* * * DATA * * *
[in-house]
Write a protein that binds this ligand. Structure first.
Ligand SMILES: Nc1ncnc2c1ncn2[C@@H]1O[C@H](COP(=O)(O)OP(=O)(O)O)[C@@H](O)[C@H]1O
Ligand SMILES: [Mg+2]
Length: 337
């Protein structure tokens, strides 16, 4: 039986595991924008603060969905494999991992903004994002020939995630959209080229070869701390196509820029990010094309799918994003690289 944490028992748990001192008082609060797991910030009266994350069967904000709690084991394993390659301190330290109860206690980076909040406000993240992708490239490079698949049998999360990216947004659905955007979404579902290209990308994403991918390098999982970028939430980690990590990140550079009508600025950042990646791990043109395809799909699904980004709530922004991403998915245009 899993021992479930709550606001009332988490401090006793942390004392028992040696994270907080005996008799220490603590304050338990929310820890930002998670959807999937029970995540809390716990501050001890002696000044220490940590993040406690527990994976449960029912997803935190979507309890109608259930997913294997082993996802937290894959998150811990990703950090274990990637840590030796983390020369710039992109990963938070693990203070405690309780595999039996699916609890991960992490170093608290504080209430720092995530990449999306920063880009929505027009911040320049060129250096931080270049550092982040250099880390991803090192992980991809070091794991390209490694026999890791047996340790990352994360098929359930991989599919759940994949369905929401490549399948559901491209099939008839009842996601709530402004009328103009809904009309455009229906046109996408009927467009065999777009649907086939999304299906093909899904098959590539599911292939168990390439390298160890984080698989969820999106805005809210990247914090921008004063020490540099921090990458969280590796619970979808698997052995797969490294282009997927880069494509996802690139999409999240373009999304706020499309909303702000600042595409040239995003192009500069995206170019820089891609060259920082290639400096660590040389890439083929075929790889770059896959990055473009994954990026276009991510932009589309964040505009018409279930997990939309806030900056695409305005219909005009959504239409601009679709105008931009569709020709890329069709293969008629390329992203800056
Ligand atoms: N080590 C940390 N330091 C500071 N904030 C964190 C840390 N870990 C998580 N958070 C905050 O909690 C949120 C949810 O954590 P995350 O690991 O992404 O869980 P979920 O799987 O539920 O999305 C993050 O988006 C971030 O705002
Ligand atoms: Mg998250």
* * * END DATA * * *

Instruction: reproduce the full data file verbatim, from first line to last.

[in-house]
Write a protein that binds this ligand. Structure first.
Ligand SMILES: Nc1ncnc2c1ncn2[C@@H]1O[C@H](COP(=O)(O)OP(=O)(O)O)[C@@H](O)[C@H]1O
Ligand SMILES: [Mg+2]
Length: 337
């Protein structure tokens, strides 16, 4: 039986595991924008603060969905494999991992903004994002020939995630959209080229070869701390196509820029990010094309799918994003690289 944490028992748990001192008082609060797991910030009266994350069967904000709690084991394993390659301190330290109860206690980076909040406000993240992708490239490079698949049998999360990216947004659905955007979404579902290209990308994403991918390098999982970028939430980690990590990140550079009508600025950042990646791990043109395809799909699904980004709530922004991403998915245009 899993021992479930709550606001009332988490401090006793942390004392028992040696994270907080005996008799220490603590304050338990929310820890930002998670959807999937029970995540809390716990501050001890002696000044220490940590993040406690527990994976449960029912997803935190979507309890109608259930997913294997082993996802937290894959998150811990990703950090274990990637840590030796983390020369710039992109990963938070693990203070405690309780595999039996699916609890991960992490170093608290504080209430720092995530990449999306920063880009929505027009911040320049060129250096931080270049550092982040250099880390991803090192992980991809070091794991390209490694026999890791047996340790990352994360098929359930991989599919759940994949369905929401490549399948559901491209099939008839009842996601709530402004009328103009809904009309455009229906046109996408009927467009065999777009649907086939999304299906093909899904098959590539599911292939168990390439390298160890984080698989969820999106805005809210990247914090921008004063020490540099921090990458969280590796619970979808698997052995797969490294282009997927880069494509996802690139999409999240373009999304706020499309909303702000600042595409040239995003192009500069995206170019820089891609060259920082290639400096660590040389890439083929075929790889770059896959990055473009994954990026276009991510932009589309964040505009018409279930997990939309806030900056695409305005219909005009959504239409601009679709105008931009569709020709890329069709293969008629390329992203800056
Ligand atoms: N080590 C940390 N330091 C500071 N904030 C964190 C840390 N870990 C998580 N958070 C905050 O909690 C949120 C949810 O954590 P995350 O690991 O992404 O869980 P979920 O799987 O539920 O999305 C993050 O988006 C971030 O705002
Ligand atoms: Mg998250």